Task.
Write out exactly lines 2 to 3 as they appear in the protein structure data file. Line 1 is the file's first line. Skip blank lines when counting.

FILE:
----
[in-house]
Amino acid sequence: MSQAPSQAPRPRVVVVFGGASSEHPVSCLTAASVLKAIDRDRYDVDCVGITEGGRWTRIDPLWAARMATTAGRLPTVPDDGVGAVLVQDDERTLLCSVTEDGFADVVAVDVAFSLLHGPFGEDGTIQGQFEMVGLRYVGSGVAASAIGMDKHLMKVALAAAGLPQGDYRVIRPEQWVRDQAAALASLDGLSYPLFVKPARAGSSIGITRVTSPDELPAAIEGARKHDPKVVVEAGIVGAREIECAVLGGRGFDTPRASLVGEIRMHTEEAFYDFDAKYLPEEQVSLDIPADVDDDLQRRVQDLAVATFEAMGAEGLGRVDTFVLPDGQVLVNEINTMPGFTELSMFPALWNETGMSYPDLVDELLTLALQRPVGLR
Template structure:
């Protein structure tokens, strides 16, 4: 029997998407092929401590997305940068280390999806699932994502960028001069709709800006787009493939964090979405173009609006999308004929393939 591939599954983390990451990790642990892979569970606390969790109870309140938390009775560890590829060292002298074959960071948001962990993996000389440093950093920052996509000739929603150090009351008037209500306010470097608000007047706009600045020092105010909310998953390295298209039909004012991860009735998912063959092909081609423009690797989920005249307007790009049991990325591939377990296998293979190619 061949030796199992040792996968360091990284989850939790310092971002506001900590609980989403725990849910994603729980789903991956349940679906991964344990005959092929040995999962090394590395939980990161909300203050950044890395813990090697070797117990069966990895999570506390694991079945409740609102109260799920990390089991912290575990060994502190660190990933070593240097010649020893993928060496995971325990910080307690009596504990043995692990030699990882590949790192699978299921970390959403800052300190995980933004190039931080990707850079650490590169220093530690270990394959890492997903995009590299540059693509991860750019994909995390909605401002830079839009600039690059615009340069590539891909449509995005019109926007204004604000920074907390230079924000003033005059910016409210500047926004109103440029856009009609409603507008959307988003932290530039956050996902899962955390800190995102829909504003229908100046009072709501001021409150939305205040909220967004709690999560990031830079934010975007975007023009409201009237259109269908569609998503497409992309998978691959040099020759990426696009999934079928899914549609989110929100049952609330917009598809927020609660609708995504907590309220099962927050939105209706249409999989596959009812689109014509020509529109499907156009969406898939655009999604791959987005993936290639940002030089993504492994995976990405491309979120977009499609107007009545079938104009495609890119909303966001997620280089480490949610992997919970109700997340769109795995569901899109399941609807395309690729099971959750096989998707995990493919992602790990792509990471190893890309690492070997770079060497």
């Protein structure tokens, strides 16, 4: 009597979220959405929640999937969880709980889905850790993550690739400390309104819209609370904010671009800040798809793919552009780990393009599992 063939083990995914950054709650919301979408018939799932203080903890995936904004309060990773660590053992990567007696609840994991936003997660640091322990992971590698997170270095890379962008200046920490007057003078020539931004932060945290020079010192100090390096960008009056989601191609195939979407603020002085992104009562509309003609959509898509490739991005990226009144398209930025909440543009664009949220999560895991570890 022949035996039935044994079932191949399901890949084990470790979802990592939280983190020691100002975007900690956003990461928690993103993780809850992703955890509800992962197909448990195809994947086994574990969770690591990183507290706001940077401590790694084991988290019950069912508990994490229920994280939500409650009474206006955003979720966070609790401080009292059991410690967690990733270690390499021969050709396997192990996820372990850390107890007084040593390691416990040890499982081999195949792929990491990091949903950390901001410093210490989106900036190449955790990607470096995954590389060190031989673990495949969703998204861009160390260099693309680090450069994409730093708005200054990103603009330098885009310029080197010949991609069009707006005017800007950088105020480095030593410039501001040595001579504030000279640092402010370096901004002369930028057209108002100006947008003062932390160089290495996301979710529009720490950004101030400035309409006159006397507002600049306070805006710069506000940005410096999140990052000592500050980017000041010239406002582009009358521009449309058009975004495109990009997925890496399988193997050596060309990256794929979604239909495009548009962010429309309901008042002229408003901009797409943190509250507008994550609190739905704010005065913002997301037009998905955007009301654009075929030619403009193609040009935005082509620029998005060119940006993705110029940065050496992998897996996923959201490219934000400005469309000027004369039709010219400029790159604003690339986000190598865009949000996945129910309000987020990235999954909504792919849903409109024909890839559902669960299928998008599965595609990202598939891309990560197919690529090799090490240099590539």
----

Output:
Amino acid sequence: MSQAPSQAPRPRVVVVFGGASSEHPVSCLTAASVLKAIDRDRYDVDCVGITEGGRWTRIDPLWAARMATTAGRLPTVPDDGVGAVLVQDDERTLLCSVTEDGFADVVAVDVAFSLLHGPFGEDGTIQGQFEMVGLRYVGSGVAASAIGMDKHLMKVALAAAGLPQGDYRVIRPEQWVRDQAAALASLDGLSYPLFVKPARAGSSIGITRVTSPDELPAAIEGARKHDPKVVVEAGIVGAREIECAVLGGRGFDTPRASLVGEIRMHTEEAFYDFDAKYLPEEQVSLDIPADVDDDLQRRVQDLAVATFEAMGAEGLGRVDTFVLPDGQVLVNEINTMPGFTELSMFPALWNETGMSYPDLVDELLTLALQRPVGLR
Template structure: